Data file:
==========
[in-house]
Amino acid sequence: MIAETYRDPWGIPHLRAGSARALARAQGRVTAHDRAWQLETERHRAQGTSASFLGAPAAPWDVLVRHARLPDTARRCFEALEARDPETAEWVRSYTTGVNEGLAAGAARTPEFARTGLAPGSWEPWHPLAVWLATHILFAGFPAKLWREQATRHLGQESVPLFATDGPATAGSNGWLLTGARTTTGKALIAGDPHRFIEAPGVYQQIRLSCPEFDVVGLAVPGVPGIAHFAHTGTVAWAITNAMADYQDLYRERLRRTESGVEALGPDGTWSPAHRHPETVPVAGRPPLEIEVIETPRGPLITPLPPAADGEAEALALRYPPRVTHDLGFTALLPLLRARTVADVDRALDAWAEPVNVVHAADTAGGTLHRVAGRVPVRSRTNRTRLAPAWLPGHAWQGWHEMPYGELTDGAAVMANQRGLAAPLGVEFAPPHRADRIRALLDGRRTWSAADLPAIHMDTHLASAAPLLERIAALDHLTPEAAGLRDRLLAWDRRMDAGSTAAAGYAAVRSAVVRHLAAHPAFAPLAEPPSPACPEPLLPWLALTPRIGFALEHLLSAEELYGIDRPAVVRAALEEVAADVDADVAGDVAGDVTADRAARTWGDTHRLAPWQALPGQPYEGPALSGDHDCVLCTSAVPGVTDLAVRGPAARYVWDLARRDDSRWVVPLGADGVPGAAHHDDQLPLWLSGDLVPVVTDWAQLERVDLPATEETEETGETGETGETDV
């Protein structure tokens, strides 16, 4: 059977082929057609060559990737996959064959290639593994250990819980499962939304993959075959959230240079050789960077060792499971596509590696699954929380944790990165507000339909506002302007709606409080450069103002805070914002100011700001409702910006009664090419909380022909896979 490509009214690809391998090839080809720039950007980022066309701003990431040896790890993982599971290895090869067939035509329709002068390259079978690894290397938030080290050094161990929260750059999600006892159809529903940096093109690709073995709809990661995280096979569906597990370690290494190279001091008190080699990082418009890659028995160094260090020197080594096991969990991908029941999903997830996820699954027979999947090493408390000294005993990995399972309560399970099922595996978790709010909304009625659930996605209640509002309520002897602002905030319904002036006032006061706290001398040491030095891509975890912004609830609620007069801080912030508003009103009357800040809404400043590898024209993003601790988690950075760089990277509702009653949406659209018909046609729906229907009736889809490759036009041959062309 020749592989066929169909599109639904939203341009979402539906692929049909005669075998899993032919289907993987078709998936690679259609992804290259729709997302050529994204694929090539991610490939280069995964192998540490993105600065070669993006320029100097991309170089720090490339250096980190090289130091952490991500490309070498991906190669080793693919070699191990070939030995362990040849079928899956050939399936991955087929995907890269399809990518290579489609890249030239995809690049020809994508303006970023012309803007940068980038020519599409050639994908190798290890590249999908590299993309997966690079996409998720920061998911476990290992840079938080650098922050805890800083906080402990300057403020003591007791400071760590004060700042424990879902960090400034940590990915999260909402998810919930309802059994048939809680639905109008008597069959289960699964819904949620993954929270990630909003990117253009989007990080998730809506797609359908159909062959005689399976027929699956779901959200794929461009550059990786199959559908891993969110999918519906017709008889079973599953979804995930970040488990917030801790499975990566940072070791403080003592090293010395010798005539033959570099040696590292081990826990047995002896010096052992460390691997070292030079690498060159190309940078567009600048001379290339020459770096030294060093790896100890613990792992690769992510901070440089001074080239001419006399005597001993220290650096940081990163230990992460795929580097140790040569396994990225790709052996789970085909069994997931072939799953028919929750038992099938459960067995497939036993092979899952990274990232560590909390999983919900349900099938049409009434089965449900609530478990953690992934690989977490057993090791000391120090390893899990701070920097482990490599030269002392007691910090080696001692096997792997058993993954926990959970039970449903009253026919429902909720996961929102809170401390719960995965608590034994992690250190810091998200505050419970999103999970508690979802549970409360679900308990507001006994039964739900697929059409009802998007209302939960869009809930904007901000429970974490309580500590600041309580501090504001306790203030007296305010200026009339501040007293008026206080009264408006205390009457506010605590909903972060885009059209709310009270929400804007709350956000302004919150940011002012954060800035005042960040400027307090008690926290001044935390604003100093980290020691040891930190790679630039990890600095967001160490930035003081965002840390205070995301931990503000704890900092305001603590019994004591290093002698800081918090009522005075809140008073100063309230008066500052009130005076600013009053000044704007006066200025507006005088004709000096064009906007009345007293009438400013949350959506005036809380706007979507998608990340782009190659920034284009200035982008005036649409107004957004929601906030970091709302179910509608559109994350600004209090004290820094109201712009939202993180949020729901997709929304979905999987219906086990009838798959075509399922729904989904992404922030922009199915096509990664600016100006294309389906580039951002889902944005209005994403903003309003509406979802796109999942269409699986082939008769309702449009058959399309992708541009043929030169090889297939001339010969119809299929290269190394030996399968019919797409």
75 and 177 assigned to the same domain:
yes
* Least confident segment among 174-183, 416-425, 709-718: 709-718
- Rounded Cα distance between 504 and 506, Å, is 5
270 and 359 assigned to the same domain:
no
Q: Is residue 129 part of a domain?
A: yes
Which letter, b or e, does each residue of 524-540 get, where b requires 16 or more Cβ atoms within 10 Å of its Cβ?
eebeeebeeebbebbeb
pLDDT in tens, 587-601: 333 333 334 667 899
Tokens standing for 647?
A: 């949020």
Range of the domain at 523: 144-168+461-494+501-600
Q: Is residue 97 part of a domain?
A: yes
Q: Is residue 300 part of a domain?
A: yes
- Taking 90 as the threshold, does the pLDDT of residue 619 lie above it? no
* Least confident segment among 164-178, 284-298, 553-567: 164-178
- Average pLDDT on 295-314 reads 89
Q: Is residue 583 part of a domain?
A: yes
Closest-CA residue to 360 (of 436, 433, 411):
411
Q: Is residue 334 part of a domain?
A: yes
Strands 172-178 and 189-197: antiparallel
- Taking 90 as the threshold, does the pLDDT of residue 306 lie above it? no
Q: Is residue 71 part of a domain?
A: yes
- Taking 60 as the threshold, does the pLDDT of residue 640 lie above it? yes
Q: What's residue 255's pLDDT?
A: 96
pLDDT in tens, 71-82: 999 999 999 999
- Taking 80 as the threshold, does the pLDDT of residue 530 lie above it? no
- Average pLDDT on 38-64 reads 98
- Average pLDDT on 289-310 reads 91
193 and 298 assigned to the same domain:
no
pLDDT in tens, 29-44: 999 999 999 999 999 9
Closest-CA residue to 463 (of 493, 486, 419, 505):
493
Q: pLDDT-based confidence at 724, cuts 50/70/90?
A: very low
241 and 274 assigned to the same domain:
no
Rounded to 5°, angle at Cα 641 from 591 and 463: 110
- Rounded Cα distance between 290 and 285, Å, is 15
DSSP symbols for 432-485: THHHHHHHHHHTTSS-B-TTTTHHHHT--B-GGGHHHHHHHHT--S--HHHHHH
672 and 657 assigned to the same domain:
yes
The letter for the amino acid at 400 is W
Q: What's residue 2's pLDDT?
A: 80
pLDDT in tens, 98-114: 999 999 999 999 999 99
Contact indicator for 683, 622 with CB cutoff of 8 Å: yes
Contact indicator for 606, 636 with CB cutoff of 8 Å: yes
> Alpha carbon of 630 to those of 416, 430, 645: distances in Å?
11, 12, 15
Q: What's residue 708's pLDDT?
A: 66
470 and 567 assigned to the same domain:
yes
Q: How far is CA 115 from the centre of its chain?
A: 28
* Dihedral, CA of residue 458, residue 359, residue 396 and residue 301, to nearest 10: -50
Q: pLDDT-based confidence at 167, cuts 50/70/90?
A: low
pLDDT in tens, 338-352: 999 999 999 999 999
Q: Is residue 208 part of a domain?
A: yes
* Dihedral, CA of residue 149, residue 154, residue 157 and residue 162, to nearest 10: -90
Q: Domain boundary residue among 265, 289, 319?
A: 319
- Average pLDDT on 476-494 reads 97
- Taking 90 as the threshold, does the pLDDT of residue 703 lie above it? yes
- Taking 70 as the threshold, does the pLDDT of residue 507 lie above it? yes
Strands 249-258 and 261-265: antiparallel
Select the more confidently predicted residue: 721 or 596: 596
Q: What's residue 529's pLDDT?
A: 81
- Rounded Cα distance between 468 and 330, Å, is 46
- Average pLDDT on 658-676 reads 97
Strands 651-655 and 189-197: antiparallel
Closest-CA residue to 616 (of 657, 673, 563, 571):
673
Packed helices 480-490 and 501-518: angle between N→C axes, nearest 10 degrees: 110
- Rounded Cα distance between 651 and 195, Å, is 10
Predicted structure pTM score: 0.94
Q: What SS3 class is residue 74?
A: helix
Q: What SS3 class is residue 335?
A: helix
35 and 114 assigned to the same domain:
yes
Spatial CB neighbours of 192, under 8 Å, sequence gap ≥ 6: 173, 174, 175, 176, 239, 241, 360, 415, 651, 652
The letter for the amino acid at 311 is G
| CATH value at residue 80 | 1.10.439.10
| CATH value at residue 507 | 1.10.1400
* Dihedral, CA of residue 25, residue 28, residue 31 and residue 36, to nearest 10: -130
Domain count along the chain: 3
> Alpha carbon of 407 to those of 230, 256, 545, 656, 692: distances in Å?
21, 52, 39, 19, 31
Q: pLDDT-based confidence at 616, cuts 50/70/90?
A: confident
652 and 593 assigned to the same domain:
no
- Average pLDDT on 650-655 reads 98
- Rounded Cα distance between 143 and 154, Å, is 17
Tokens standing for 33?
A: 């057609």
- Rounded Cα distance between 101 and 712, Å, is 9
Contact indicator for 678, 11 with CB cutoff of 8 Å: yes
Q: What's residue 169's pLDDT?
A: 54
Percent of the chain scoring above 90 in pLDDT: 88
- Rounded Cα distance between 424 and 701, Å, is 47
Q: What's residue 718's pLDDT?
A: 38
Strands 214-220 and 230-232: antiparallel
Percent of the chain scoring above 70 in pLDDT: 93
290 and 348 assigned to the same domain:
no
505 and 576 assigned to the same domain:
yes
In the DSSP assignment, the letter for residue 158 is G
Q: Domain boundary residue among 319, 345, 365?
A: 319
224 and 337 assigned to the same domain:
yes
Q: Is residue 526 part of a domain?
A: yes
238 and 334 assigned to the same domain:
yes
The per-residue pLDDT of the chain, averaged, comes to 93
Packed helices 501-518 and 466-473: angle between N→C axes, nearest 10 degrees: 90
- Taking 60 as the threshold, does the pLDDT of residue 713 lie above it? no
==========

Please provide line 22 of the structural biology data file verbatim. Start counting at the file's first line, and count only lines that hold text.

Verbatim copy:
- Taking 90 as the threshold, does the pLDDT of residue 619 lie above it? no